ARUNDELL, John II (by 1534-80), of Trerice in Newlyn, Cornw.
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Family and Education
b. by 1534, s. of Sir John Arundell of Trerice by 2nd w. Juliana, da. of James Erisey of Erisey in Grade and Ruan Major, wid. of one Gourlyn. m. (1) 1562, Catherine, da. and h. of John Cosworth of Cosworth in Colan, wid. of Alan Hill, 4da., (2) settlement 1 Mar. 1573, Gertrude, da. of (Sir) Robert Denys of Holcombe Burnell, Devon, 2s. inc. John† 2da. suc. nephew John Arundell aft. 1561.1
Sheriff, Cornw. 1573-4; j.p.q. 1579.
A junior branch of the ancient Cornish family of Arundell had been seated at Trerice since Edward III’s reign. Sir John Arundell, who had been a courtier, died in 1561 leaving as his heir his three year-old grandson John: this boy was not to enjoy his inheritance for long, and on his death the family property passed to his uncle and namesake. This John Arundell had been a favourite son, and that partiality doubtless contributed to Arundell’s two appearances at Westminster during his father’s lifetime, although neither occurred while Sir John Arundell was sheriff in 1554. Mitchell was owned by Arundell’s kinsmen, the powerful Arundells of Lanherne, and until the accession of Elizabeth that family’s support was a pre-requisite for election there. In 1555 Arundell’s prospects were improved by a combination of circumstances: his namesake of Lanherne was returned for Preston, Sir John Arundell of Lanherne was sheriff, and a cousin Richard Chamond was elected knight of the shire for Cornwall. Three years later John Arundell of Lanherne was to sit for the shire, and his promotion made way for Arundell’s re-election for Mitchell. The Catholicism of the Arundells of Lanherne was distasteful to Elizabeth, and after 1558 their authority in Cornwall waned. It was perhaps for this reason, as much as for his being ‘a somewhat inarticulate man ... who preferred to stay at home and superintend the building of Trerice’, that Arundell did not reappear in Parliament.2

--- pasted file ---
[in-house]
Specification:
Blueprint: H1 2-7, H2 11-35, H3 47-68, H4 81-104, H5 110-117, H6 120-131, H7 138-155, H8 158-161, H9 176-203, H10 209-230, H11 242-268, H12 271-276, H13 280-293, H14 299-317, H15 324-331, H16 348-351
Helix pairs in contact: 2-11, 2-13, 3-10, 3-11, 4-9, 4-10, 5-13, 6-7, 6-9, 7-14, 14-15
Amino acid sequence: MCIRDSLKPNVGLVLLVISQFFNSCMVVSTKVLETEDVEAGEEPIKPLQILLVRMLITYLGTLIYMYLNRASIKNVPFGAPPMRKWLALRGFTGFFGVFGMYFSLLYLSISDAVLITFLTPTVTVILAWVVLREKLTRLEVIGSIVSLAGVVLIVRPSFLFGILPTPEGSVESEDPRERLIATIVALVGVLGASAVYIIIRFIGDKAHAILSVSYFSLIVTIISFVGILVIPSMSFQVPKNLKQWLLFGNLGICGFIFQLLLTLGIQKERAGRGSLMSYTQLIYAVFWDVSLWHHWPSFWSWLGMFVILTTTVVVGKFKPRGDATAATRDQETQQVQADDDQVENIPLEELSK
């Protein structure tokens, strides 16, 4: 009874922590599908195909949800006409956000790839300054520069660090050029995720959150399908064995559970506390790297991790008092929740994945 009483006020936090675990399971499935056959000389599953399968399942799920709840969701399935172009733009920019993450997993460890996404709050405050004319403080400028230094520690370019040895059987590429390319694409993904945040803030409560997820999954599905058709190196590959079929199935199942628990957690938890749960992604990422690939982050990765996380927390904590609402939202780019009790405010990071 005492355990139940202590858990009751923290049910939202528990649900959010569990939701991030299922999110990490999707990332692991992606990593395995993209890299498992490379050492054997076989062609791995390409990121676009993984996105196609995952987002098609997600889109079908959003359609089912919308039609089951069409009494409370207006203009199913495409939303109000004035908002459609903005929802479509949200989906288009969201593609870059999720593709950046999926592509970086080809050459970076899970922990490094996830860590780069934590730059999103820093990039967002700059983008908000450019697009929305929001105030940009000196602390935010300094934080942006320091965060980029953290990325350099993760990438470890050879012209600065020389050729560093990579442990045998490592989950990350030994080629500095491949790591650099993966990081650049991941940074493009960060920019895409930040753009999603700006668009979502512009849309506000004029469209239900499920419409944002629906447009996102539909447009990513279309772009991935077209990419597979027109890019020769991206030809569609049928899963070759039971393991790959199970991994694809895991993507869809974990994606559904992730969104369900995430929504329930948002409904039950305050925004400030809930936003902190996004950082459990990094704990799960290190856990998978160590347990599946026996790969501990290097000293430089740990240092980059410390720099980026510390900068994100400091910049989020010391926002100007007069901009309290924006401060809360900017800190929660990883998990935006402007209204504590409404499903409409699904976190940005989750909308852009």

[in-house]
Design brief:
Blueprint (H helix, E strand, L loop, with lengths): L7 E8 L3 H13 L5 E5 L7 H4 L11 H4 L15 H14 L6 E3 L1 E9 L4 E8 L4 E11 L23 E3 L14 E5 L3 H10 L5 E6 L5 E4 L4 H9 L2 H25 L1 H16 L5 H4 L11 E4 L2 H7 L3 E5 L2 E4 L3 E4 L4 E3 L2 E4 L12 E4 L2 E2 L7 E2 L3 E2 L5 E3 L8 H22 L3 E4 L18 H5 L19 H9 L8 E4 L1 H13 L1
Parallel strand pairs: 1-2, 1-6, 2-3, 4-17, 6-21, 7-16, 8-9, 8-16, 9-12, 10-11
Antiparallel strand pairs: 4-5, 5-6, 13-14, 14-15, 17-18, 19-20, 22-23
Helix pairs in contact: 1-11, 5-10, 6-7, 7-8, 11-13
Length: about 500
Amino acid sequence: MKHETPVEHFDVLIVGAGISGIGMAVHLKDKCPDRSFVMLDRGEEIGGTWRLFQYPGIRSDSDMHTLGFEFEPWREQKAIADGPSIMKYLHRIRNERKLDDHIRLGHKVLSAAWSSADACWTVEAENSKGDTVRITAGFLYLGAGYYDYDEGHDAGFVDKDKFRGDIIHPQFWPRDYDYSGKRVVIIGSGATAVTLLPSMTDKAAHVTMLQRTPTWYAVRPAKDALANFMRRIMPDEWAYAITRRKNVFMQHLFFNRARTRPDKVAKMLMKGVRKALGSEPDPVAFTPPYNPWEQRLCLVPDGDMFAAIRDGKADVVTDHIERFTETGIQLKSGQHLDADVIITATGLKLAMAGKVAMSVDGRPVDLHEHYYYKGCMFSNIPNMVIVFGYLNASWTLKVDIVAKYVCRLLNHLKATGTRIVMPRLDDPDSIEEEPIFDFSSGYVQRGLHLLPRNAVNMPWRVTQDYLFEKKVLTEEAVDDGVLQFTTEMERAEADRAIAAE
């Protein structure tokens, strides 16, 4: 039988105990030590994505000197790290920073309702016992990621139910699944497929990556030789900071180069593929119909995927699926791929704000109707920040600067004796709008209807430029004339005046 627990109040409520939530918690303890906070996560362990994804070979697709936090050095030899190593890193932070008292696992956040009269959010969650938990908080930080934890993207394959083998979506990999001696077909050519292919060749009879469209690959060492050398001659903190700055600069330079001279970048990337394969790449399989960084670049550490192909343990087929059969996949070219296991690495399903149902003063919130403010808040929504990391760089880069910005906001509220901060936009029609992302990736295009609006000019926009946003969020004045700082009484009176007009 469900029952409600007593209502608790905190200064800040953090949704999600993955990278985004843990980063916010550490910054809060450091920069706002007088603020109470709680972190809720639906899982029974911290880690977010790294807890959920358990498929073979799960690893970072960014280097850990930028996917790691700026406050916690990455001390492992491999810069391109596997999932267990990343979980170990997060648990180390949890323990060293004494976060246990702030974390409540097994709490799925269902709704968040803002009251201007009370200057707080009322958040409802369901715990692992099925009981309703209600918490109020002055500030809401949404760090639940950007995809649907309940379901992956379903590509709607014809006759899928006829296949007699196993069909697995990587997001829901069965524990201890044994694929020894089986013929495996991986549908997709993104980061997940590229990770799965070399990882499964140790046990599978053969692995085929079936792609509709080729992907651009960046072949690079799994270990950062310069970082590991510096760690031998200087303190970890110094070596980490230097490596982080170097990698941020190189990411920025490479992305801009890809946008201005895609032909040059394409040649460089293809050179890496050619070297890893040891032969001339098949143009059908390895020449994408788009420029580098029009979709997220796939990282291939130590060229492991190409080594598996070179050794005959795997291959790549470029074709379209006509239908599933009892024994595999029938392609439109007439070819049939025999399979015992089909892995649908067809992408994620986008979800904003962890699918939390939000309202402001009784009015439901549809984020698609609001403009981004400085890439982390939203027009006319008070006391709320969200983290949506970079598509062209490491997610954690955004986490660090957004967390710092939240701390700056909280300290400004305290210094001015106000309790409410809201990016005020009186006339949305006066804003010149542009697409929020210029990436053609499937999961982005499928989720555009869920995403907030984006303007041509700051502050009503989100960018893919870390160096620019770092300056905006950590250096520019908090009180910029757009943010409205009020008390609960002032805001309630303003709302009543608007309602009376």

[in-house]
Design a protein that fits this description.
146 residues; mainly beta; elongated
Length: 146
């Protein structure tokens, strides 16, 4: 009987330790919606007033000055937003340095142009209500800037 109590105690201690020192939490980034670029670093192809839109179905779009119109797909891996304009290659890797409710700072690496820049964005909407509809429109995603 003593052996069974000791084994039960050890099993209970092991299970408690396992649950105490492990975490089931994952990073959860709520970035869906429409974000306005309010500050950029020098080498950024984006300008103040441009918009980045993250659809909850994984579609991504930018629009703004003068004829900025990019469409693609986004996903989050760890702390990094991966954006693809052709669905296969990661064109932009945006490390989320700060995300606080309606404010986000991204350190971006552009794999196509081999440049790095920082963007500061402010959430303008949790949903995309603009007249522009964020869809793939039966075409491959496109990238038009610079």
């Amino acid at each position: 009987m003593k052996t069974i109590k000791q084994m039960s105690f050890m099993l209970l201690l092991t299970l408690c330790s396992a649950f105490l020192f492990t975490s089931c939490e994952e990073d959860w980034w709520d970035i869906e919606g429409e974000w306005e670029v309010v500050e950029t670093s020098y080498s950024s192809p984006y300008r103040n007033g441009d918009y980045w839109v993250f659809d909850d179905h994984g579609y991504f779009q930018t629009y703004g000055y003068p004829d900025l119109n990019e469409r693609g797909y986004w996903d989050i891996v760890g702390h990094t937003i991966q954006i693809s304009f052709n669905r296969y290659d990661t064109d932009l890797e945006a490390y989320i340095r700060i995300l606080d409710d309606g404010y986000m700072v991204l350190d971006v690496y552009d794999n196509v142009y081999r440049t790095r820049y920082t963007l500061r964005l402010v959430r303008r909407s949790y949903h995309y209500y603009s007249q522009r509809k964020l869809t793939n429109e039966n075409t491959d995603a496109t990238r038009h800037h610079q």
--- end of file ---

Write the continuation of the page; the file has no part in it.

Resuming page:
In view of his retiring nature it is not surprising that Arundell played little part in the public life of Cornwall. As sheriff in 1574 he was of some assistance to the 2nd Earl of Bedford when he came to Cornwall as lord lieutenant; in 1580 he was asked to help with the survey of coastal defences and with the apprehension of escaped pirates. Arundell died not long after receiving these instructions; he made his will on 14 Sept. and on 3 Nov. an inquisition post mortem was held at Bodmin. He entrusted much of his property to feoffees, who were to pay his debts, look after his children and transfer the estate to his heir when he came of age. He left £400 each to his two unmarried daughters and named as supervisors Sir John Arundell of Lanherne, Sir John Chichester, Thomas Cosworth†, Sir Richard Grenville†, Francis Godolphin† and Thomas St. Aubyn†.3
One of the feoffees appointed to administer Arundell’s property was his son-in-law Richard Carew†, who left this description of him: Private respects ever with him gave place to the common good; as for frank, well-ordered and continual hospitality, he outwent all show of competence; spare but discreet of speech: better conceiving than delivering ... Briefly, so accomplished in virtue, that those who for many years together waited in nearest place about him, and by his example learned to hate untruth, have often deeply protested how no curious observation of theirs could ever descry in him any one notorious vice.4
Ref Volumes: 1509-1558
Author: J. J. Goring
- 1. Presumed to be of age at election. Vis. Cornw. ed. Vivian, 12, 104; F. E. Halliday, Richard Carew, 312; Wards 7/20/179; Duchy Cornw. RO, 131.
- 2. Halliday, 9, 221; C3/2/64; 142/129/8, 23; Arch. Jnl. cxxx. 245-7.
- 3. CSP Dom. Add. 1566-79, p. 545; APC, viii. 304, xi. 381-2, xii. 110; Wards 7/20/179; PCC 40 Arundell.
- 4. Halliday, 221.